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Clinton touts Obama's jobs record, and bipartisanship, in Florida

November 02, 2012|By Michael A. Memoli
  • Former President Clinton campaigns for President Obama at Palm Beach State College in Lake Worth, Fla.
Former President Clinton campaigns for President Obama at Palm Beach State… (Lannie Waters / Palm Beach…)

ST. PETERSBURG, Fla. -- Bill Clinton said the latest unemployment report shows how President Obama “did a good job with a bad hand” on the economy, with a jobs record in one term that far outpaces what Republican policies produced in the previous two.

But as he made his way through Florida on Friday, including some of the redder portions of the swing state, Clinton said there were other major reasons why he supports his Democratic successor, starting with the fact that he’s “more committed to cooperation.”

In fact, Clinton said Obama "bent over backwards to cooperate with the Republicans," only to be stymied for political reasons.

"He unilaterally agreed to $1 trillion in spending cuts in an attempt to get a budget deal. He waited for months, hoping they could have a bipartisan healthcare bill -- they said no. He gave them a second jobs bill that would have created another million jobs and would have unemployment under 7% today. They said no," Clinton said, charging that the GOP was "trying to keep it above 8, and they were so disappointed when it dropped."

Clinton was referring to the September jobs report, which showed the unemployment rate dropping below 8% for the first time in 3 1/2 years. The unemployment rate for October ticked up 0.1% to 7.9%. 

"I want someone who has proven that he will stick by his principles and work in a sensible way with everybody," he added.

Clinton also pointed to Obama’s work this week with New Jersey’s Republican governor, Chris Christie, and independent New York Mayor Michael R. Bloomberg on the response to Hurricane Sandy.

“We know there’s no Republican or Democratic way to deal with the aftermath of a flood. Florida’s been through enough hurricanes to know that,” he said.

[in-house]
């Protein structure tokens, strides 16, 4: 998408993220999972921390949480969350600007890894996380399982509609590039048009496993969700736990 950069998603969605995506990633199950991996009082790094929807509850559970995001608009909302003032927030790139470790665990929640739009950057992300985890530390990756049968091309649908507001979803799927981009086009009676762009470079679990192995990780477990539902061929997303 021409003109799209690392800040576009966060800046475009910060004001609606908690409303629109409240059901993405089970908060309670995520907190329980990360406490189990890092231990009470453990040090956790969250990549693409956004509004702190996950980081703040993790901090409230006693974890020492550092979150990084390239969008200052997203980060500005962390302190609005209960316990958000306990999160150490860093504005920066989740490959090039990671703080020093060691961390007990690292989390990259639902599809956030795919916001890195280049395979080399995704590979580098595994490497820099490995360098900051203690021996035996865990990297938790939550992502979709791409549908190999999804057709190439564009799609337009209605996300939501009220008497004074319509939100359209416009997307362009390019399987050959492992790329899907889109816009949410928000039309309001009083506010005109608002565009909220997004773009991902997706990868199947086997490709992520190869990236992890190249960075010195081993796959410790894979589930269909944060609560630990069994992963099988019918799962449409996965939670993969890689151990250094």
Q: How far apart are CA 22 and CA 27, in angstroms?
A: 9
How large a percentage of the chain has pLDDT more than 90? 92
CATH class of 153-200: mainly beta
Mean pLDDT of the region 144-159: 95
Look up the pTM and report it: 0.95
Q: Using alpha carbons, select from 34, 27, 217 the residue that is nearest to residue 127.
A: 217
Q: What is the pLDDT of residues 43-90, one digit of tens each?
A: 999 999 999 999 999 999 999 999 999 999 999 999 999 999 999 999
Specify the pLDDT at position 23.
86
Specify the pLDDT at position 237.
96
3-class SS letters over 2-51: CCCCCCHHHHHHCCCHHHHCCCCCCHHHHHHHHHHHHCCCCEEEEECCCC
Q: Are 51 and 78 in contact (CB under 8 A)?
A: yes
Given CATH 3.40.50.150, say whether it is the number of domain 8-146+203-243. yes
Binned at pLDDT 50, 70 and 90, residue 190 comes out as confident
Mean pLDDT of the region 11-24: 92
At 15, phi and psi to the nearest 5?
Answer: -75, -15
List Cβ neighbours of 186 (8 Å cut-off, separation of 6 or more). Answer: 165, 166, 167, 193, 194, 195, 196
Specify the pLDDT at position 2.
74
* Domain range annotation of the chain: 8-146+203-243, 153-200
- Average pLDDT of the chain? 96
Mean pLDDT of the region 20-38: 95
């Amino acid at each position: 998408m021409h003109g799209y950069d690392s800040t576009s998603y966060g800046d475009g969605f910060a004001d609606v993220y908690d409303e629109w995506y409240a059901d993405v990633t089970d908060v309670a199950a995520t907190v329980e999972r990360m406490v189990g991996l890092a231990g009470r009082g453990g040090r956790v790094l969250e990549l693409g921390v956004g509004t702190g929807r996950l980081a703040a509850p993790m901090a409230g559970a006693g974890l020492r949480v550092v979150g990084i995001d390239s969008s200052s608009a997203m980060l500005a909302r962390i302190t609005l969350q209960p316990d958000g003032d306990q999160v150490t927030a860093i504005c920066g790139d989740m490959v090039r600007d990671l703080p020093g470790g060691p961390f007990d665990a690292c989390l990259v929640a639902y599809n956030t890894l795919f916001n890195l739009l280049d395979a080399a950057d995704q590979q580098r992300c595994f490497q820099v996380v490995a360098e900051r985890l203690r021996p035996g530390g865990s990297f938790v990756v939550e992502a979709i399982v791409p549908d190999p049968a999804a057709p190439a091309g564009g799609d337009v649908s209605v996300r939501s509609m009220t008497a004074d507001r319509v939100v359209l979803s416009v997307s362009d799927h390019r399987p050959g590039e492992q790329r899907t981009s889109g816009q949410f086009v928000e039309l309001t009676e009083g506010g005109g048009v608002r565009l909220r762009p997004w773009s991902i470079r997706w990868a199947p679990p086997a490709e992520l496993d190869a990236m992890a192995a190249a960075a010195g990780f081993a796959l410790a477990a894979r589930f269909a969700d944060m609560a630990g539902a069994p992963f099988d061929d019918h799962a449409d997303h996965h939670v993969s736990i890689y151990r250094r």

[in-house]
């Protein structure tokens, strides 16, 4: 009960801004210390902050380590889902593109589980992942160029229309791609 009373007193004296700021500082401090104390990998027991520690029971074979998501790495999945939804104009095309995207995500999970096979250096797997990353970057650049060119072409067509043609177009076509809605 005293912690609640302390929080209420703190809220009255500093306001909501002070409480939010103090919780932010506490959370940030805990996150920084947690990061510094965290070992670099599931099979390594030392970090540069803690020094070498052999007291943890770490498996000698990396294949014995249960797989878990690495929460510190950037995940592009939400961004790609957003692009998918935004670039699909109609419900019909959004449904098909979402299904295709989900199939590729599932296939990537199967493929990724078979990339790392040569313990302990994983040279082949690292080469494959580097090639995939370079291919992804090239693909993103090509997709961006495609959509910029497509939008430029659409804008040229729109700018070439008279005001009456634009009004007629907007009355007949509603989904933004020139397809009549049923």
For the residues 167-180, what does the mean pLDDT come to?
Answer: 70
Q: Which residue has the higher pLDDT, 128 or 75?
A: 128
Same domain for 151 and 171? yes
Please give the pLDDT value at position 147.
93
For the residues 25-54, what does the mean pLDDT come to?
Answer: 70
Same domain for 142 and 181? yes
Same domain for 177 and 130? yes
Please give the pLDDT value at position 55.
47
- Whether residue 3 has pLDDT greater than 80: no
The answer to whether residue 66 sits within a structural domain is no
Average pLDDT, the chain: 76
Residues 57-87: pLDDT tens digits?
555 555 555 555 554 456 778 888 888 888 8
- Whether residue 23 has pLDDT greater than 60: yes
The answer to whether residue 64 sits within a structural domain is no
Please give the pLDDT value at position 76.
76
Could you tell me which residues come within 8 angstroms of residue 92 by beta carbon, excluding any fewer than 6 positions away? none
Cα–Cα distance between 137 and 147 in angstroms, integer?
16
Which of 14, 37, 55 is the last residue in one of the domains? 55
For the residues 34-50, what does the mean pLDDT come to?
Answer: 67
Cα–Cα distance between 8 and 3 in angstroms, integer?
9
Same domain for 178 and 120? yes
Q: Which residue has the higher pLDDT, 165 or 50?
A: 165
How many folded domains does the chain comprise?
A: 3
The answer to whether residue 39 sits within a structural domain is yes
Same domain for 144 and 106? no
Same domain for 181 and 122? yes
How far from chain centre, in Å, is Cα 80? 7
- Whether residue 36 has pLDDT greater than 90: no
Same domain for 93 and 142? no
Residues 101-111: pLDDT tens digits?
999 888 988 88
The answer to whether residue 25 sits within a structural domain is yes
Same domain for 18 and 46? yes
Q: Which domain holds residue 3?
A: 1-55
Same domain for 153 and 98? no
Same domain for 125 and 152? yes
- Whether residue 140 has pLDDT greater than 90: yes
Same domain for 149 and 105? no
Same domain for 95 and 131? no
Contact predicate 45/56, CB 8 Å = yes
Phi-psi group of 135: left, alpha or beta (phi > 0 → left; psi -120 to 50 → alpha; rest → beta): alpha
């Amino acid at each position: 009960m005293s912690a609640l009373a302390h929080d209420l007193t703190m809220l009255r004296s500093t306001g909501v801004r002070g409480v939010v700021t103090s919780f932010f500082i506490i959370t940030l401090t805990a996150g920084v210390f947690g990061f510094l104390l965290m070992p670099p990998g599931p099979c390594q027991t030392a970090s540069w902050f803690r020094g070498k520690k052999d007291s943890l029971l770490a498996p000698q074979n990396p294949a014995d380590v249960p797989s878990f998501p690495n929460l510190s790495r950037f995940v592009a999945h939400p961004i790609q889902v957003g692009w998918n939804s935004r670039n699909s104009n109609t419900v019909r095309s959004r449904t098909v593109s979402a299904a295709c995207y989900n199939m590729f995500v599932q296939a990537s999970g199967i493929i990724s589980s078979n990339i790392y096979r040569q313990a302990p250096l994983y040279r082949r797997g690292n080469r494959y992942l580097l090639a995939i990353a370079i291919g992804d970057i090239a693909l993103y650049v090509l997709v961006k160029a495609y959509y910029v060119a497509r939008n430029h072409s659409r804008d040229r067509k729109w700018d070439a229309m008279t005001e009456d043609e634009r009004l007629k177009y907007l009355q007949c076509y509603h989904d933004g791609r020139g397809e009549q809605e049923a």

The former president was introduced by a former Florida governor, and a former Republican, Charlie Crist. In an interview before the event, Crist praised Obama’s handling of the response to Sandy -- “showing such great leadership on that issue is phenomenal for Floridians."

Clinton, who by the end of the weekend will have held 49 campaign events for Obama in this campaign cycle, declared himself at the outset here to be “far more enthusiastic about him this time than I was four years ago. And you should be too.”

With Friday’s job report, Clinton said that 5.5 million private sector jobs have been added since the market hit rock bottom early in Obama’s term.

He compared that to 2.6 million jobs added over seven years of the Bush administration, excepting the months after the “dot-com bubble burst” and the 2008 collapse. He offered that exception, he said, after seeing former Florida Gov. Jeb Bush “complaining that he thought people shouldn’t blame his brother for the crash.”

“Let’s don’t blame his brother, let’s not blame President Obama. It’s just an act of God,” Clinton said sarcastically.

“So I think we’re coming back. The whole race may turn on this, but I can tell you -- nobody, nobody, nobody – not me, not anybody else – could have repaired all the damage that was done in four years. If you’ve got any friends that are undecided, you need to talk to them about this,” he said.

Clinton had one final stop in Florida scheduled Friday in Tallahassee, before heading to Virginia on Saturday, where he’ll join Obama for a rally in suburban Washington, D.C.

michael.memoli@latimes.com

Twitter: @mikememoli

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